Traditional New England fare revolves around the seafood of the area’s coast, but pays homage to the cooking methods of its British origins—the likes of boiled lobsters, baked-stuffed shrimp, fried cod, and steamed clams. Other foodstuffs native to the region also play a big part in the regional cuisine—cranberry sauce, maple syrup, cornbread, and baked beans, for starters.
These days, the culinary options in New England are as diverse as the population; you’re as apt to find Thai-inspired bouillabaisse and tapas-style Punjabi specialties as you are classic clam chowder. But if you’re up for trying the region’s specialties at their source, don’t miss these traditional New England dishes:
The clambake: A smorgasbord of seafoods (steamed lobster, mussels, and clams) served with vegetables (usually corn on the cob and potatoes). Traditionally these are steamed together in a hole dug on a beach, but are more often found in restaurants, cooked in a kitchen.
Lobster: Steamed or broiled, this native crustacean is a messy but glorious affair. The meat lies inside a tough shell, which is cracked by the diner using metal crackers and a small fork, and dipped in melted butter before eating.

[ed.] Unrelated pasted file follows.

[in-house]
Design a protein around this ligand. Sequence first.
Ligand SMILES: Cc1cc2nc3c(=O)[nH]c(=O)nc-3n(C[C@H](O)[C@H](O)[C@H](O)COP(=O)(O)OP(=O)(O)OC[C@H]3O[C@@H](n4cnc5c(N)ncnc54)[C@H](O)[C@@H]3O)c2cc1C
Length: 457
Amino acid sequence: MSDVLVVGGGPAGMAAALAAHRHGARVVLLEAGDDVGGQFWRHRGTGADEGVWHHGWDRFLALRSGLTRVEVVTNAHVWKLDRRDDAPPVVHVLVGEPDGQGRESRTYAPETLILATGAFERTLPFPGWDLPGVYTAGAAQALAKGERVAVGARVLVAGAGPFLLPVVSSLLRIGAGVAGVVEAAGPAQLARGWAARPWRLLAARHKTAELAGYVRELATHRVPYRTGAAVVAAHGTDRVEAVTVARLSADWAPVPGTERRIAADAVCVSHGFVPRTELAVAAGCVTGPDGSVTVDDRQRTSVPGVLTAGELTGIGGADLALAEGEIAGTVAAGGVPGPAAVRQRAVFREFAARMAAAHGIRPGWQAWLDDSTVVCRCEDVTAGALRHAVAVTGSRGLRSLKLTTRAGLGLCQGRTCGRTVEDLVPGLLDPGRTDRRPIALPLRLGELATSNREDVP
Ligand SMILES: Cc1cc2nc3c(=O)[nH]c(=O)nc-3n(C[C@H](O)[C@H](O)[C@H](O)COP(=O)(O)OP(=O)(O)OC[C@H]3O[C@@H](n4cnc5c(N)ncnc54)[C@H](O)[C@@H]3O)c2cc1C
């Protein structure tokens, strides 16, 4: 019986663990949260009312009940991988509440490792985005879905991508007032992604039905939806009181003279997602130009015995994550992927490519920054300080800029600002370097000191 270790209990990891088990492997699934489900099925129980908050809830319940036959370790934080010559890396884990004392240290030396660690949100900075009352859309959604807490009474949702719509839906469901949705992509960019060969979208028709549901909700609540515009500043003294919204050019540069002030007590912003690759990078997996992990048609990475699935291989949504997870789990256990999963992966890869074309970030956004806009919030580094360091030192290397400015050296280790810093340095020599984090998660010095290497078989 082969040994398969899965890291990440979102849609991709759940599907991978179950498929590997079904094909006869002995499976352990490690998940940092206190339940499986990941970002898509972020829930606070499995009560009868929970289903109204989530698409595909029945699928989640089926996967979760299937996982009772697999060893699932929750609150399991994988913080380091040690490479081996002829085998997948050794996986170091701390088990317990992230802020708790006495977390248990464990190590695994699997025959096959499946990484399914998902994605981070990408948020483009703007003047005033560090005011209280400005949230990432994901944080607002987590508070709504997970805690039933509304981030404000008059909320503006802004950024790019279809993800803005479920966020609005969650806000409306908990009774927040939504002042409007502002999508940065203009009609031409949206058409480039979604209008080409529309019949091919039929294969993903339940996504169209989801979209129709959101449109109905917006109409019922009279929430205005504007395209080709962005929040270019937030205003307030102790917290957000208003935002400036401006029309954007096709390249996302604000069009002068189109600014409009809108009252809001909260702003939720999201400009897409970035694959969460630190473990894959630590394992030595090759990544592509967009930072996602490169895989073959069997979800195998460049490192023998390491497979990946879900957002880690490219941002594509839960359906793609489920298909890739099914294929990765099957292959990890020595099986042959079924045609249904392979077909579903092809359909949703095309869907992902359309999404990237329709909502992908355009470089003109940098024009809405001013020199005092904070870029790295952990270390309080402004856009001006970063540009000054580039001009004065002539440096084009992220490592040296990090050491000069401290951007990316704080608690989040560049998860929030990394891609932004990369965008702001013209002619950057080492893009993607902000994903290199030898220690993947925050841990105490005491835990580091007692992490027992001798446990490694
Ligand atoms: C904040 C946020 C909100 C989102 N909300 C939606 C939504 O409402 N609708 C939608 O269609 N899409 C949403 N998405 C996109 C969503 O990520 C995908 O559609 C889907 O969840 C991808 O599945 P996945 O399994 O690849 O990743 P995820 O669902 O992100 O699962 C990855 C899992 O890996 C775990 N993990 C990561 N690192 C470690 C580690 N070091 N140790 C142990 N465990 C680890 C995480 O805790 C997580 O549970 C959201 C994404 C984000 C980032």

Clams: Generally divided into types (hard shell or soft shell), clams are a true New England delicacy. Soft shells, or steamers, are usually eaten either steamed or fried. (If steamed, diners pull them from the shell, remove and discard the neck casing, and dip them in broth and drawn butter before eating.) Hard shell clams are served differently: The smallest ones, known as littlenecks and cherrystones, are most frequently served raw with horseradish and cocktail sauce; the largest hard shells are chopped up and used primarily in chowders and stuffings.
Clam chowder: Dating back to the 18th century, New England clam chowder is by far the most popular of the region’s creamy fish stews. Most restaurants have their own recipes, using a bit more potatoes here, a different ratio of bacon to cream there (but not tomatoes—that is what distinguishes Manhattan clam chowder and is therefore heresy in New England). Sampling and finding your favorite is the real fun.
Boston Baked Beans: Not for nothing is Boston  nicknamed Beantown. This dish—made of dried beans baked slowly with salt pork and molasses—was a staple in colonial times, and remains a favorite today.